On September 22, 2011 NAMEC held an educational session for all members. During this session members participated in a Rapid Exchange which consisted of five tables, each with a unique topic facilitated by a NAMEC member. Topics included: Collaboration, Funding, Outcomes, Professional Development, and Social Media. Attending members were free to rotate every 10 minutes to a new table, while each facilitator initiated and guided conversation on their topic.
Key takeaways from each table include:
collaboration facilitator: marc l. mosier, md
Collaboration can mean many things to different people depending upon their business strategy and focus. Participants were engaged and offered valuable insight into the benefits and challenges of collaborating with various partners, including academia, societies, faculty, payers and other third party organizations to deliver effective continuing medical education.
Overwhelmingly, most participants spoke to the critical need to carefully choose whom they collaborate with and base their choices on a proven track record of delivering to specific expectations in a timely manner. Early and regular communication helps to clearly identify and define goals and expectations so as to ensure alignment and success of the collaboration. Several spoke to the challenges of becoming involved in multi-partner collaborations due to the variance in shared goals and difficulty in moving the relationship forward.
While many collaborations are developed for the short-term fulfillment of objectives, many felt they were increasingly receptive to becoming involved in extended long-term initiatives. This only happens after both collaborating partners have come to know each other and have grown to adapt to each other’s often changing priorities. Platform approaches are not preferred by many Educational Partners & MECCs due to the perception that their value is “watered down” or diminished by participating alongside competitors on the same platform. Those MECCs operating as a “platform often act as a “distribution channel” and embrace collaboration with other partners to expand their own value to the external community.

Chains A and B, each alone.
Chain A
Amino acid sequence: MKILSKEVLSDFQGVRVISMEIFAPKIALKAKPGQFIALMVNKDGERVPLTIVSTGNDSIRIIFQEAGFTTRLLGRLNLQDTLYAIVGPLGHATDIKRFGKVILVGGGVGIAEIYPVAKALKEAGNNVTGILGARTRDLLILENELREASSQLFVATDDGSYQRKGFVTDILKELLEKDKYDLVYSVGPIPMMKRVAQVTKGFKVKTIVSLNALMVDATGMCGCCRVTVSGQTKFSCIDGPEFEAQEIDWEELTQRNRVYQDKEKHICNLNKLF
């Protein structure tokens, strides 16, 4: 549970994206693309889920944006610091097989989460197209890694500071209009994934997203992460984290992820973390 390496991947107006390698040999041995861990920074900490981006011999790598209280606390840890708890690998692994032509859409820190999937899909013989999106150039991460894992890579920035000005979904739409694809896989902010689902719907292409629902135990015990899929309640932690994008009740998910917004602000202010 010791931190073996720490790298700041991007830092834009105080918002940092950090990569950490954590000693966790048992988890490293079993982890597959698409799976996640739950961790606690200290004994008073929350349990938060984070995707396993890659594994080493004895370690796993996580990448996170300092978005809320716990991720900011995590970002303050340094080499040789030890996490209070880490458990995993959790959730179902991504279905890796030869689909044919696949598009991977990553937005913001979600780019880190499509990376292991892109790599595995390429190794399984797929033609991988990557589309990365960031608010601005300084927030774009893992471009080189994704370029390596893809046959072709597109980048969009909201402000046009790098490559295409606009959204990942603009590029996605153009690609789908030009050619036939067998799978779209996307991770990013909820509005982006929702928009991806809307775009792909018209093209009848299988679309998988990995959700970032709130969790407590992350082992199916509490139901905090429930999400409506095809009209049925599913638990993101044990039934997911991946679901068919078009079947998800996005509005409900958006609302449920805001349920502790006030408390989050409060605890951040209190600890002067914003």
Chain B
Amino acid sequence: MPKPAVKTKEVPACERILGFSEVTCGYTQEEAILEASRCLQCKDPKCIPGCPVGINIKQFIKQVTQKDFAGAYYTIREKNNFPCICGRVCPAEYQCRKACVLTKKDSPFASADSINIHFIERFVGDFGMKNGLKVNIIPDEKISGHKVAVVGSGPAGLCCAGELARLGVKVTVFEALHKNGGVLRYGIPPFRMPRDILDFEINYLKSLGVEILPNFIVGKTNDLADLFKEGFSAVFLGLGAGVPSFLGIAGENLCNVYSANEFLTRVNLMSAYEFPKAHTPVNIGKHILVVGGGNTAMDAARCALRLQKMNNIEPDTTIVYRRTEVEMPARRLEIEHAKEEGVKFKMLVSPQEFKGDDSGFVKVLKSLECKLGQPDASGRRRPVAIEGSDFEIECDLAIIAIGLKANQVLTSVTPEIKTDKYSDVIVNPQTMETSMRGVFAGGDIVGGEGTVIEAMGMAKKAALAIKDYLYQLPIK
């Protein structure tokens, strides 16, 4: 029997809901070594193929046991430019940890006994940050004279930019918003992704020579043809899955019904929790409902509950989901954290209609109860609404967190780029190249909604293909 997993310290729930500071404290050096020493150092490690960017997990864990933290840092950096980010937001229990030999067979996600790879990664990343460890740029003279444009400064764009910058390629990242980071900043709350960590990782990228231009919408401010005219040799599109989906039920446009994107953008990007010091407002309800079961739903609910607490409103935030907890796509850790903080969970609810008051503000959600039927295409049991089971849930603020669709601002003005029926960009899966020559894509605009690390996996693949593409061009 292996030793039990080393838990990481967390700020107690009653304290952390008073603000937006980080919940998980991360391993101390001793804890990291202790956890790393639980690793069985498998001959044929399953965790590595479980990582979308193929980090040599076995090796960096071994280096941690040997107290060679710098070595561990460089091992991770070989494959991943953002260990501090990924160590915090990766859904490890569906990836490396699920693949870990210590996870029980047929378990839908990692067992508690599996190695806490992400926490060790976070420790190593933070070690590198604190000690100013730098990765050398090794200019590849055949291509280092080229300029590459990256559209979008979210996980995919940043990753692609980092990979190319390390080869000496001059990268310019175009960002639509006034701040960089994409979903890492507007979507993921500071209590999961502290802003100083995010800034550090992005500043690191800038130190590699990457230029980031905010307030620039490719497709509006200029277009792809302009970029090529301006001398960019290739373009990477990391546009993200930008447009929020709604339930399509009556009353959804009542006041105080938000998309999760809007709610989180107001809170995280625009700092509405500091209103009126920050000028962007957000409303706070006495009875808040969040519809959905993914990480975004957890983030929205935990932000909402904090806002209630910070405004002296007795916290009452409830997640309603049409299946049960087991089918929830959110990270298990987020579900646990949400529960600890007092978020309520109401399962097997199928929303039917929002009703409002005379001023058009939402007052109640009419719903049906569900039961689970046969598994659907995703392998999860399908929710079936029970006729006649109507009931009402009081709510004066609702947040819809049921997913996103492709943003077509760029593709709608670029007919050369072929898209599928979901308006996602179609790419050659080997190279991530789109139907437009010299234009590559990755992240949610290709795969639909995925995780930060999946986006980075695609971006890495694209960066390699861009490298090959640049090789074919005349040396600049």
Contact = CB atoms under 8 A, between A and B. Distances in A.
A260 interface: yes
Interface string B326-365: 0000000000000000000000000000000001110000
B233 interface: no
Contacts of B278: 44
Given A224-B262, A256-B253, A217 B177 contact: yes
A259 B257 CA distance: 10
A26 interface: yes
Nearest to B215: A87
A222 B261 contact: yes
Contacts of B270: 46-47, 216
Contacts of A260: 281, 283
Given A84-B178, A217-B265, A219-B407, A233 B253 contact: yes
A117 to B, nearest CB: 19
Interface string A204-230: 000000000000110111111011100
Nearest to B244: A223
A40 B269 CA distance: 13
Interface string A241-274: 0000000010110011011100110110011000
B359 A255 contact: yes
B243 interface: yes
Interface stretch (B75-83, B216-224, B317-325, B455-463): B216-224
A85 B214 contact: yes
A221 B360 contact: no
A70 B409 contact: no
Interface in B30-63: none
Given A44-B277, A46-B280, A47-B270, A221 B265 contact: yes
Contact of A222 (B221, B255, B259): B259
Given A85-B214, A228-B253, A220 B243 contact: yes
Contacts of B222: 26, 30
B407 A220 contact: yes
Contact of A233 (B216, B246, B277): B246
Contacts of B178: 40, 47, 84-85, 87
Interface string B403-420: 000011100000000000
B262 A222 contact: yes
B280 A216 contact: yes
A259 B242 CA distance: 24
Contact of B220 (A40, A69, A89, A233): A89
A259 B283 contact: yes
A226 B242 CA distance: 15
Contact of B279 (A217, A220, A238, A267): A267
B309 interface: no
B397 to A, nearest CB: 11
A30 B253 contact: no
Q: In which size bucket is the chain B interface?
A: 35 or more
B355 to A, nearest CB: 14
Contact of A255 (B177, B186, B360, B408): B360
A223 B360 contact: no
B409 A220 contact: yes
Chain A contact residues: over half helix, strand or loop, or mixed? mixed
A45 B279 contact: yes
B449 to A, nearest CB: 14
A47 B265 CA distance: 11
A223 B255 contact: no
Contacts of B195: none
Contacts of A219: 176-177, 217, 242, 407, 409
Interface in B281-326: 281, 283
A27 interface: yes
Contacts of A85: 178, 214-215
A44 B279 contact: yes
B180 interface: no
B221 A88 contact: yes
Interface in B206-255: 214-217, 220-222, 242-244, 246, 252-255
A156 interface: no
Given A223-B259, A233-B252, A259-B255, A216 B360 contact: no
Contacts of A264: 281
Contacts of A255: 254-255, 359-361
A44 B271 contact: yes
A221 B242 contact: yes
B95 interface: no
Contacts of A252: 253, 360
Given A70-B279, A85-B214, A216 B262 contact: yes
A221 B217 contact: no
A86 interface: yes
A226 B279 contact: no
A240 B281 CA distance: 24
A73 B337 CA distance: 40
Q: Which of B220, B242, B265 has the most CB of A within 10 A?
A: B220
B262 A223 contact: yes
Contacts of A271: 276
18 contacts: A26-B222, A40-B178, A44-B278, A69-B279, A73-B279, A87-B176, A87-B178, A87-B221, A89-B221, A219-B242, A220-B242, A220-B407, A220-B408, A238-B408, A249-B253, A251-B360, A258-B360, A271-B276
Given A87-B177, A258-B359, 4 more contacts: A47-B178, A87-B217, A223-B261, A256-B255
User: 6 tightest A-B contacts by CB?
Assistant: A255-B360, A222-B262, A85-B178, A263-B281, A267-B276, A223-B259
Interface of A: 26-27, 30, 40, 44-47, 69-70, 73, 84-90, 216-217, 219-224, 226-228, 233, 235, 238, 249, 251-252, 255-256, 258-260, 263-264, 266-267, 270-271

funding facilitator: antwoine l. shepard
Funding challenges have grown as the climate surrounding industry-funded CME has evolved. Participants shared anecdotes and strategies regarding their experiences in funding, especially regarding alternative funding models.
Most participants have considered alternative funding models; however few have successfully funded CME programs without traditional industry support. Some participants have had success receiving government funding which most agreed requires a long-term relationship building strategy. Others have had some limited success with foundations and global corporations. Not only do these avenues require long-term relationship building, but also education as many are not aware of the existence, importance, and relevance of CME.
Also of note, most participants discussed the challenges involved with securing funding from multiple supporters. Conflicting supporter funding cycles and interests were among the chief challenges cited. Nearly all participants had at some point recently returned funds to supporters because they were unable to adequately multi-fund a program.